Removing Files with rm
You can easilyperhaps too easilyremove (delete) files from your Unix system. As Murphy will tell you, it's a good idea to think twice before doing this; once you remove a file, it's gone (unless, of course, you plead with your system administrator to restore it from a backup tapebut that's another story). At any rate, it's permanent, unlike deletions in Windows or the Macintosh OS, where the Recycle Bin or Trash give you a second chance.
You remove files using rm, as shown in Code Listing 2.9. And, as you'll see in the following steps, you can remove files one at a time or several at a time.
Code Listing 2.9. Use rm -i to safely and carefully remove directories and files.
$ ls Completed oldfile Newfile soon.to.be.gone.file $ rm -i soon.to.be.gone.file rm: remove 'soon.to.be.gone.file'? y $ ls Completed newfile oldfile $
To remove a file:
List the files in the current folder to verify the name of the file you want to remove.
rm -i soon.to.be.gone.file
At your shell prompt, type rm -i followed by the name of the file you want to remove. The -i tells the system to prompt you before removing the files (Code Listing 2.9).
It is gone, isn't it?
To Remove Multiple Files:
ls -l *.html
List the files to make sure you know which files you want to remove (and not remove).
rm -i *.html
Using the asterisk wildcard (*), you can remove multiple files at one time. In this example, we remove all files in the current directory that end with .html. (Refer to Chapter 1, specifically the section called Using Wildcards, for details about using wildcards.)
rm -i dangerous
Here, -i specifies that you'll be prompted to verify the removal of a directory or file named dangerous before it's removed.
rm -ir dan*
This risky command removes all of the directories or files that start with dan in the current directory and all of the files and subdirectories in the subdirectories starting with dan. If you're sure you're sure, don't use the -i flag to just have the files removed without prompting you for confirmation. (Remember that the flags -ir could also be written as -i -r or -ri or -r -i. Unix is rather flexible.)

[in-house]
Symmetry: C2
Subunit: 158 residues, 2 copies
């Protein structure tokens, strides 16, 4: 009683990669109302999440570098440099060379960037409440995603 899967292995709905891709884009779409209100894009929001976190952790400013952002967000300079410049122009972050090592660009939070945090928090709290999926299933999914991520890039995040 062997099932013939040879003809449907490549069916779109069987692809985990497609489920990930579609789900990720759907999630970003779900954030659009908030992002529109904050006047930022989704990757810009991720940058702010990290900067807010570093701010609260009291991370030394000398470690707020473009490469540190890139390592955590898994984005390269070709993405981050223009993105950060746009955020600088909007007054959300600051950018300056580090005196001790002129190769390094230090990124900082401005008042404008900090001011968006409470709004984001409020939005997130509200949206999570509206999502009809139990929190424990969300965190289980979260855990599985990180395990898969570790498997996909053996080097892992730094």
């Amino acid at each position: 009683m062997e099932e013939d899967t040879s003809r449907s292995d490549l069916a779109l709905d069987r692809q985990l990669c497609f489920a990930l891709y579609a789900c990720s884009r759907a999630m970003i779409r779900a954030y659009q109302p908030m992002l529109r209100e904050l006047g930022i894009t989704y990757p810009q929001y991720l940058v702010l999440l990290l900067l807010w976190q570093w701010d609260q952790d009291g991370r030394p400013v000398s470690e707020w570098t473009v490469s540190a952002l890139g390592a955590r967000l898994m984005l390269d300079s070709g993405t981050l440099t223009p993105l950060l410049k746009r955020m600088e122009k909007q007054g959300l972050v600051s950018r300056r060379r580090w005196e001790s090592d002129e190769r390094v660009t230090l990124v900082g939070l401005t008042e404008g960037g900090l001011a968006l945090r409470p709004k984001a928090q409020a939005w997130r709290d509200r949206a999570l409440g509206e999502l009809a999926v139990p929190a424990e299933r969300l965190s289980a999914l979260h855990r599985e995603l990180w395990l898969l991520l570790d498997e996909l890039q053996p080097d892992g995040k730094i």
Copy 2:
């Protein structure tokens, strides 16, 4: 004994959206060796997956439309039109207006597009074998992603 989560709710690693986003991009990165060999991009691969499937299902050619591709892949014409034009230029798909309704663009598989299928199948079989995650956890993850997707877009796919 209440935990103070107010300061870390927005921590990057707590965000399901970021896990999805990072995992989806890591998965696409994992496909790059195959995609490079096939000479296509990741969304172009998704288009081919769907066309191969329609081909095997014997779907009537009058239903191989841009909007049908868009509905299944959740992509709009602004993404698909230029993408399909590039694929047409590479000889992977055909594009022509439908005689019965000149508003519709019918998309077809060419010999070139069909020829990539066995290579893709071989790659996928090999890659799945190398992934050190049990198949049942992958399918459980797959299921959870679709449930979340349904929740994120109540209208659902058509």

Can You Really Screw Up the System?
In general, no. When you log in to a Unix system and use your personal userid, the worst you can do is remove your own directories and files. As long as you're logged in as yourself, commands you type won't affect anything critical to the Unix system, only your own personal directories and files. Score one for Unixas an average user, you cannot really break the system. With Windows or Macintosh, though, it can be different story.
If you have system administrator rights, meaning that you can log in as root (giving you access to all the system directories and files), you can do a lot of damage if you're not extremely careful. For this reason, don't log in as root unless you absolutely have to.
See Chapter 3 for information about su, which can help reduce the risk of being logged in as root
If you have system administrator rights (and are logged in as root, rather than with your userid), be extremely careful when using rm. Rather than remove merely your personal directories or files, you could potentially remove system directories and files. Scope out the sidebar called Can You Really Screw Up the System?
This is a good time to remind you to use the handy cp command to make backup copies of anything you valuebefore you experiment too much with rm. Even if the system administrator keeps good backups, it's ever so much easier if you keep an extra copy of your goodies sitting around. Try cp r . backup-files for a space-hoggingbut effectivemeans of making a quick backup of everything in the current directory into the backup-files directory. (Just ignore the error message about not copying a directory into itselfthe system will do the right thing for you, and you don't have to worry about it.)
We suggest using rm -i, at least until you're sure you're comfortable with irrevocable deletions. The -i flag prompts you to verify your command before it's executed.
Visit Chapter 8 to find out about using aliases with rm so that the system always prompts you before removing the directories or files even if you forget the -i flag.
If you accidentally end up with a file that has a problematic filename (like one that starts with -, which looks to Unix like a command flag, not a filename), you can delete it (with a trick). Use rm i-badfilename to get rid of it.